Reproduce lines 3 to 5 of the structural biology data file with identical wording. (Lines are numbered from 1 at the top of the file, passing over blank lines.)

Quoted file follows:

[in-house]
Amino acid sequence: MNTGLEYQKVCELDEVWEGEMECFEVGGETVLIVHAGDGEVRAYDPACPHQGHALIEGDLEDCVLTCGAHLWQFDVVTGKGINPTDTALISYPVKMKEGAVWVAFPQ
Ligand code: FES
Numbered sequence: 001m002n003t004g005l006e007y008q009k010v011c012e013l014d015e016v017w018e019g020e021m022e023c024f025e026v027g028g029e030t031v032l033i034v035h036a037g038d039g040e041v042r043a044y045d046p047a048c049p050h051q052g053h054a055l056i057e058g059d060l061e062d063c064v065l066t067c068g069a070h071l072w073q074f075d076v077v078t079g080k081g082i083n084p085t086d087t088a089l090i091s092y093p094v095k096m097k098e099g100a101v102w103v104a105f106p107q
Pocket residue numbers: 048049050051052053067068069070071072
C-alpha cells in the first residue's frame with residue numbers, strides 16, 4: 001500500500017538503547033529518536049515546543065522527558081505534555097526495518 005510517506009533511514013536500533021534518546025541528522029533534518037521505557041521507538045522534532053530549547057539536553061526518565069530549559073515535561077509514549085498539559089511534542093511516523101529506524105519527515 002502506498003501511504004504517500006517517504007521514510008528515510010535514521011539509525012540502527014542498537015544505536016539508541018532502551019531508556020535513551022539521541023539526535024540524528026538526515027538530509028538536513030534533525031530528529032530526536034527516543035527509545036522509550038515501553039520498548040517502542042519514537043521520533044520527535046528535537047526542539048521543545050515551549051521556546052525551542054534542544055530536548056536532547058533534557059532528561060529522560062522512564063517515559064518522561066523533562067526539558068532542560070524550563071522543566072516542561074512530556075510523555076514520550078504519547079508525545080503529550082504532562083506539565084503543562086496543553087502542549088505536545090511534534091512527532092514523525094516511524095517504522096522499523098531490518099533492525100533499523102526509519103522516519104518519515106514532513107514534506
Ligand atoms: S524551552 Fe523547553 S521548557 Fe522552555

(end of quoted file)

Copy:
Ligand code: FES
Numbered sequence: 001m002n003t004g005l006e007y008q009k010v011c012e013l014d015e016v017w018e019g020e021m022e023c024f025e026v027g028g029e030t031v032l033i034v035h036a037g038d039g040e041v042r043a044y045d046p047a048c049p050h051q052g053h054a055l056i057e058g059d060l061e062d063c064v065l066t067c068g069a070h071l072w073q074f075d076v077v078t079g080k081g082i083n084p085t086d087t088a089l090i091s092y093p094v095k096m097k098e099g100a101v102w103v104a105f106p107q
Pocket residue numbers: 048049050051052053067068069070071072